COVID-19: crisis with a legacy
24 July: Every business is affected by this crisis. So how can we use this as an opportunity to rebuild? In ICAEW’s latest podcast, we learn from the businesses that have already started.
Imran Nawaz, Tate and Lyle’s CFO, is proud of the efforts his company has made to shield itself from the negative impacts of COVID-19.
Speaking on ICAEW’s latest More Than a Number podcast, he said the business had created a ‘cash war room’ where sales, finance and treasury teams would meet daily to address any cash issues and make sure Tate and Lyle was on the right track.
Capital commitments were reviewed with a sense of urgency to ensure that nothing critical was cut. The business also raised $100m of extra debt in a market with a record-low interest rate. Alongside this, the leadership team moved swiftly to ensure it could still operate effectively in all of its locations around the world. Office workers adapted to remote working, while the mutual trust, communication and processes developed between workers and leadership allowed all plants to continue to run.
Tate and Lyle also prioritised its research and development, keeping labs open under new COVID-safe conditions and shipping samples out to customers for remote product testing.
“[Our progress] makes me rethink the work of the future and what that looks like for Tate and Lyle,” he says. “It’s clear to me that even in a post-pandemic world, we will not and should not ignore the learnings.”
Nawaz and Tate and Lyle’s success story is just one of several shared on the More Than a Number COVID-19 podcast. The episode takes a look at how the pandemic is reshaping our working environment, and how businesses are and could adapt.
Alongside Nawaz, Professor Rob Field, co-founder and CEO of SME Iceni Diagnostics, explains how the company’s research into infectious diseases was pivoted from equine flu to a focus on COVID-19 – particularly on simpler testing and diagnosis kits – which has created better commercial opportunities for the firm. “We’ve taken huge steps forward in a direction we never expected to go in.”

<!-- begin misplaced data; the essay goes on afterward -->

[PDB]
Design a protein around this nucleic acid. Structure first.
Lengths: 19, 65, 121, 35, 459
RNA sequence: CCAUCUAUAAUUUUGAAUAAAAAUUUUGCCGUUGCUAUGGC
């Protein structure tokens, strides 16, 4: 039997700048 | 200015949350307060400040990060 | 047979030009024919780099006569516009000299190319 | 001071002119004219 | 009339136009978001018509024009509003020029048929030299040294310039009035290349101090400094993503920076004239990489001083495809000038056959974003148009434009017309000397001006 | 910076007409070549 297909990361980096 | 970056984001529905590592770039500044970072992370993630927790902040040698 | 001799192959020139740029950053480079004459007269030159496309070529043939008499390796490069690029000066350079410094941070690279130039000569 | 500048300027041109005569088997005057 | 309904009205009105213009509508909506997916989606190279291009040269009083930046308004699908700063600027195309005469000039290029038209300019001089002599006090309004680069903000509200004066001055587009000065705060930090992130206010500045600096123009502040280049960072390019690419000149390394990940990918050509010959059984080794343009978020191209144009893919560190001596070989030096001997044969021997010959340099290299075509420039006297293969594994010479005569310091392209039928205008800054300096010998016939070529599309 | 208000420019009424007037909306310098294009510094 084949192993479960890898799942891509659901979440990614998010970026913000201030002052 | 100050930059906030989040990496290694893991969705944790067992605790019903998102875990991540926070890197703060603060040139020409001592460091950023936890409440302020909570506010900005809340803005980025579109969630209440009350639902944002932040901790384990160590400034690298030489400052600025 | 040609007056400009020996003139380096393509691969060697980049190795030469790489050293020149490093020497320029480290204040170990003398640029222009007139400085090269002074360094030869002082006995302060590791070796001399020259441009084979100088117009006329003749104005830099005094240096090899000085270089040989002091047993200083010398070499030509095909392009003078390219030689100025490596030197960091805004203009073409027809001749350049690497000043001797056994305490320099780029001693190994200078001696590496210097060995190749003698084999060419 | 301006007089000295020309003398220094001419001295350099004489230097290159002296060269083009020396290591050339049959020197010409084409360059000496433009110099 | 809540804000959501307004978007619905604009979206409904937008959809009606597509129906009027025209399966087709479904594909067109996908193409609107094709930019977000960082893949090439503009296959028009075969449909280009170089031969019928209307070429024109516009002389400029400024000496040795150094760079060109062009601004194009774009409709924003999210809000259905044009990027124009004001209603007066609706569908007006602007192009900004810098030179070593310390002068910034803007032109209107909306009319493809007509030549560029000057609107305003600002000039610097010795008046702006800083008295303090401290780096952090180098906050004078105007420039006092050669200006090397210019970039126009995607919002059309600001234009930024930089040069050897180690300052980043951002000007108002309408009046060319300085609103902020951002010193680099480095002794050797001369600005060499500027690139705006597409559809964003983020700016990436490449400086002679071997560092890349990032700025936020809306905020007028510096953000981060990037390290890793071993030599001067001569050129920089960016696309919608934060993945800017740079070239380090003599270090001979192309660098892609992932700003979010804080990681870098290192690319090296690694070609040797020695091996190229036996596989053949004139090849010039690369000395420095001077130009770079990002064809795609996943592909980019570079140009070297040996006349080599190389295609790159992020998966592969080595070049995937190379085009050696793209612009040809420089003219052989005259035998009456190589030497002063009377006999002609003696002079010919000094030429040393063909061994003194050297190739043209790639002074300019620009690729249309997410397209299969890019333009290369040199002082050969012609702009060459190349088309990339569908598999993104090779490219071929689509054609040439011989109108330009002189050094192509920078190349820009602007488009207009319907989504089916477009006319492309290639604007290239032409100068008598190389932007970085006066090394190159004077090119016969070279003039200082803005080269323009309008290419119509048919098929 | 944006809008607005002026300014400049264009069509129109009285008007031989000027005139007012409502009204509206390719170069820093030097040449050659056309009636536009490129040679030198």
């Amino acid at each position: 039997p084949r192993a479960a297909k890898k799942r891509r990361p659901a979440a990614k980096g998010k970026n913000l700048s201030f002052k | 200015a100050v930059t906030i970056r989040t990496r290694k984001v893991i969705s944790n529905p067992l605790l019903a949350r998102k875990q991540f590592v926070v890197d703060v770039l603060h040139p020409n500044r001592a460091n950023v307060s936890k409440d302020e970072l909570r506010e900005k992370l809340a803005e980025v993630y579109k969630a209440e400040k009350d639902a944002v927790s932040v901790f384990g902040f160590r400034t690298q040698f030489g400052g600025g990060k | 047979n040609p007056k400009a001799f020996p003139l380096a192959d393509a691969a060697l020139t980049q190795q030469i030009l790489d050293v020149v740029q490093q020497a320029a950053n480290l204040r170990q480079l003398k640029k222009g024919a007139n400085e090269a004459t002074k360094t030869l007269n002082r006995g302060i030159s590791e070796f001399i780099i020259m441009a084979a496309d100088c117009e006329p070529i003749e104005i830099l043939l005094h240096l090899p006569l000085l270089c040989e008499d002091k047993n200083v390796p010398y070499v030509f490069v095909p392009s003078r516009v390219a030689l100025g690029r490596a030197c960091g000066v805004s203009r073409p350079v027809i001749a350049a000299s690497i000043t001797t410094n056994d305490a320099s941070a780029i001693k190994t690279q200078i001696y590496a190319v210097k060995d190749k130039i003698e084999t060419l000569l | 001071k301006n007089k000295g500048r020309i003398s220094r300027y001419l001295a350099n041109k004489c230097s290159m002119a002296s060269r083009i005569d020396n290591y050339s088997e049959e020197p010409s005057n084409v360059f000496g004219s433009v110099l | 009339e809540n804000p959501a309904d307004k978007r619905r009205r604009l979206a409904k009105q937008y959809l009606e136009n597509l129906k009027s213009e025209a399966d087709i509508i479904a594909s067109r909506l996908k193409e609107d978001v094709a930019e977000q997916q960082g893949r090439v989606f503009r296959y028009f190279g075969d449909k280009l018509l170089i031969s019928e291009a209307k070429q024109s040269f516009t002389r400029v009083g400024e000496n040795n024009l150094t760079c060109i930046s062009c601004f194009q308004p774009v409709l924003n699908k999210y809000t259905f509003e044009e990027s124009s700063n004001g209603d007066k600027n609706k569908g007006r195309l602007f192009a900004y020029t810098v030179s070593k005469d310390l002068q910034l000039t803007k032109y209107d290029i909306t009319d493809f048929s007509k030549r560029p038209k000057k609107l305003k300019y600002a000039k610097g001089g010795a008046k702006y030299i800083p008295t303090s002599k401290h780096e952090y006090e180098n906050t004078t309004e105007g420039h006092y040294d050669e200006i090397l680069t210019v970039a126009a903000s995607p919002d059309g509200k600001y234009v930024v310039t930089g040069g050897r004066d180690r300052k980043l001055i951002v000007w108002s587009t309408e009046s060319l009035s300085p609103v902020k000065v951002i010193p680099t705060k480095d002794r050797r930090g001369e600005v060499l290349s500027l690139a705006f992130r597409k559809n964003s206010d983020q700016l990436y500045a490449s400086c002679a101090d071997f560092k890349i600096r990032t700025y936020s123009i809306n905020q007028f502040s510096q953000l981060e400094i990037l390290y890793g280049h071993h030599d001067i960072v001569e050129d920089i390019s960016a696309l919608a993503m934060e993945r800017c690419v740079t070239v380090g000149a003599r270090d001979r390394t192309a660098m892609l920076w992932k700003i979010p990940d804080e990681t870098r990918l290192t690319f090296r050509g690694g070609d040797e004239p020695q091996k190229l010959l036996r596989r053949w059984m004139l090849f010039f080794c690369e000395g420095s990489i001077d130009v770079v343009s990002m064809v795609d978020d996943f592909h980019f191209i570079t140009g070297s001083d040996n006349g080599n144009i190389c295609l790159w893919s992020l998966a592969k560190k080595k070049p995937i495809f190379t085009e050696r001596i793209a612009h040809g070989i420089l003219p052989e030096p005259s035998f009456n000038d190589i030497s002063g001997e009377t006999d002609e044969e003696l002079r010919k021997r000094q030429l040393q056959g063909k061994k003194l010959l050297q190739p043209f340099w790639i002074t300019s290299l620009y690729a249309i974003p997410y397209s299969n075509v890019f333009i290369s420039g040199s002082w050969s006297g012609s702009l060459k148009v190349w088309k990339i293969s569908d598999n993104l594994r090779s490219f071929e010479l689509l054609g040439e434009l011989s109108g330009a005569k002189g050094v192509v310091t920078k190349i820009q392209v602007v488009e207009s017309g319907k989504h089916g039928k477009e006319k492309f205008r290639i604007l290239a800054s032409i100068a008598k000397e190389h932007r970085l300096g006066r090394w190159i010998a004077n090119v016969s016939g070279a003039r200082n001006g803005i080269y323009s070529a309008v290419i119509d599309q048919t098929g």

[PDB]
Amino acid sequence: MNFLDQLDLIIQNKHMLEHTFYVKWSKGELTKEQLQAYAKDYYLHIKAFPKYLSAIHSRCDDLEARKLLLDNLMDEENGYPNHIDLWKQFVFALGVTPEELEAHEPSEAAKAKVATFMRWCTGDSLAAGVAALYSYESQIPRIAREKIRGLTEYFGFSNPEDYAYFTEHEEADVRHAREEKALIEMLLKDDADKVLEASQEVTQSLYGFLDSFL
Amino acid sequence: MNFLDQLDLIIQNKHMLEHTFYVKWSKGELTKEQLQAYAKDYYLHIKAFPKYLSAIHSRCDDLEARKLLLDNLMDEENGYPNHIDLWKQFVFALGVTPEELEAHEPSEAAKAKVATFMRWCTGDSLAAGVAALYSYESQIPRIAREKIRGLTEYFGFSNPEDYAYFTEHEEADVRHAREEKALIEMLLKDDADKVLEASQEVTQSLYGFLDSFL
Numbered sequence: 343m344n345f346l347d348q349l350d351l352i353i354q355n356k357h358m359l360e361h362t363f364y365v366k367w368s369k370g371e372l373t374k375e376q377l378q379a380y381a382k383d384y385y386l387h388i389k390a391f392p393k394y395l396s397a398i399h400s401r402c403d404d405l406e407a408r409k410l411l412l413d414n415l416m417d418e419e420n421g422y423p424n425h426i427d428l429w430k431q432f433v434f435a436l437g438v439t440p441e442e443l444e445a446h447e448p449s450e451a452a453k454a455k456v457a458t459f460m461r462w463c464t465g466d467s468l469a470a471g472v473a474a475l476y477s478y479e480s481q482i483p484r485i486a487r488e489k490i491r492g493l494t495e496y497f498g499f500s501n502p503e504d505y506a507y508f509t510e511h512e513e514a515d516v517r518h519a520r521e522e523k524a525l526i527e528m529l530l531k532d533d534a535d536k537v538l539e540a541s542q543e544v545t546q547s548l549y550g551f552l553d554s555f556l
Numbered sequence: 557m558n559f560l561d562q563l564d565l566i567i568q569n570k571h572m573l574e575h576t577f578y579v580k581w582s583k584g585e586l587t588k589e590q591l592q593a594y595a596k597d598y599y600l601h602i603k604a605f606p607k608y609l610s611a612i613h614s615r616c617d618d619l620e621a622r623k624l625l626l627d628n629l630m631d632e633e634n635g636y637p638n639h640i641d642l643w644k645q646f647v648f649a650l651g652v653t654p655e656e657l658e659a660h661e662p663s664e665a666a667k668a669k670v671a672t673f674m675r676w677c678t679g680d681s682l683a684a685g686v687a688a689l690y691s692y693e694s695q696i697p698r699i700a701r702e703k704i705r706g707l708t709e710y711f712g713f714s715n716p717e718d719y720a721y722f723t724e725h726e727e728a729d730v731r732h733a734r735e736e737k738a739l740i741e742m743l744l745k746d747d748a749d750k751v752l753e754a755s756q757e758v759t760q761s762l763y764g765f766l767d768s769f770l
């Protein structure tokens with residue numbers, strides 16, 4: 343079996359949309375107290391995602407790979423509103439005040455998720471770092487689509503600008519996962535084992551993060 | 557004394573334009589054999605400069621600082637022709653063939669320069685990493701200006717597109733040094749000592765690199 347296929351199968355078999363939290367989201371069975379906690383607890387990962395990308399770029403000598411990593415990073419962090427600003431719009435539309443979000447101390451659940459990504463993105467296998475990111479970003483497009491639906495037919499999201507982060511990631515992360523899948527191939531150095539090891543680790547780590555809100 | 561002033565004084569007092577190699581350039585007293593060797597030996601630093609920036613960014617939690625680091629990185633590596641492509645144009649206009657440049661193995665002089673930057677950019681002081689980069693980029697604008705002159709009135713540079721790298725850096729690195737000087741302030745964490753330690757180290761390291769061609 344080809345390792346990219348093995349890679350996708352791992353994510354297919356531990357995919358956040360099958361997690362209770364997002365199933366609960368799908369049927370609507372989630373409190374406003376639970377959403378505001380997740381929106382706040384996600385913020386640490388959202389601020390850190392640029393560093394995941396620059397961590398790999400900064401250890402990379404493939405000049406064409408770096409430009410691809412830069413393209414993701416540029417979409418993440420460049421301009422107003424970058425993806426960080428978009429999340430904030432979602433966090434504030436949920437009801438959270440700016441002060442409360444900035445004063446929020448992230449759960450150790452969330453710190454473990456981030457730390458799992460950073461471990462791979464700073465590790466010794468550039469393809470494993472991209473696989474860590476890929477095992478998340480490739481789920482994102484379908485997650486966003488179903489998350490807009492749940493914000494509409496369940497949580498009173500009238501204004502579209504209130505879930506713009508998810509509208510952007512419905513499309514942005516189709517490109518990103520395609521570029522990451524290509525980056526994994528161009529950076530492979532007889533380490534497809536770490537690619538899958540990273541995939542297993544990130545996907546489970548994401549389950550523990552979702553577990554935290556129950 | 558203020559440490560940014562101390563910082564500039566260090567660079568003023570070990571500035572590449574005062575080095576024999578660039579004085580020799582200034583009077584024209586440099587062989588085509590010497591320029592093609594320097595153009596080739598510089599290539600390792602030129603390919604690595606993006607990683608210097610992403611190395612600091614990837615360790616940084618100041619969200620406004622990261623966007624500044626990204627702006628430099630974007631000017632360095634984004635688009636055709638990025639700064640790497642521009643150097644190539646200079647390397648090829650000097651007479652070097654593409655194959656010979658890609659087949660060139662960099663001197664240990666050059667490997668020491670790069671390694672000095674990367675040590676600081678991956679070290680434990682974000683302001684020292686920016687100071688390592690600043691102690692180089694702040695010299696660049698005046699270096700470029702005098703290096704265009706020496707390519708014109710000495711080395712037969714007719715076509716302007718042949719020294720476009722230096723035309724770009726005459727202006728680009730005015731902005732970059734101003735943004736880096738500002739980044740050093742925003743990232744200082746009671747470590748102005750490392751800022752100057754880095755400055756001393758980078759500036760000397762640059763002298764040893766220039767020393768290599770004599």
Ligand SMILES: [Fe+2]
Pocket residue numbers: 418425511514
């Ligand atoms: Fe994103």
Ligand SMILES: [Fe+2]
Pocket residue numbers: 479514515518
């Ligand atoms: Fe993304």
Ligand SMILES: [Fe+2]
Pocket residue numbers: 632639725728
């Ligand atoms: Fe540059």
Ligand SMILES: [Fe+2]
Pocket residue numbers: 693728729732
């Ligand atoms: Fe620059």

Thomas Delgado, CEO and founder of Pollution Solution, which has created technology that captures and clean up to 97% of road-based emissions, explains how they were able to speed up progress during the pandemic. Lucas Ochoa, chief creative officer of the scripted division of Pulse Films, which Sky Atlantic drama Gangs of London, explains how COVID-19 is changing the kind of stories that people want to tell and see, and how the industry is adapting to a new way of working.
Commenting on each of these stories are Susan Cox-Smith, a futurist with changist.com, and Anna Leach, deputy chief economist, CBI. “There’s a very real tendency for organisations to think that moving forwards always means up and to the right and that you want to aim for that in every change or pivot that you try to make in future situations,” Cox-Smith says of adapting to the new conditions created by COVID-19. “What it does is hamstring organisations, often because they can’t see a way to shift out of their official future and look at other opportunities, spaces and possibilities.”
Leach explains that there are many lessons that companies and governments learned from the financial crisis that can be applied to the current situation. “So much government money was spent [during the financial crisis]. It’s so rare for that to happen outside of wartime. The government was very focused at the time on their own financial position. Now, with COVID, but also with that memory of the global financial crisis, governments can say: this is another shock with ramifications for government finances, what can we take away from our response to the global financial crisis and learn to do better this time?”
For full accounts of each business and analysis of what COVID means for the business world, you can listen to the COVID-19 – crisis with a legacy episode by clicking here. You can also subscribe to More Than a Number through any podcasting platform.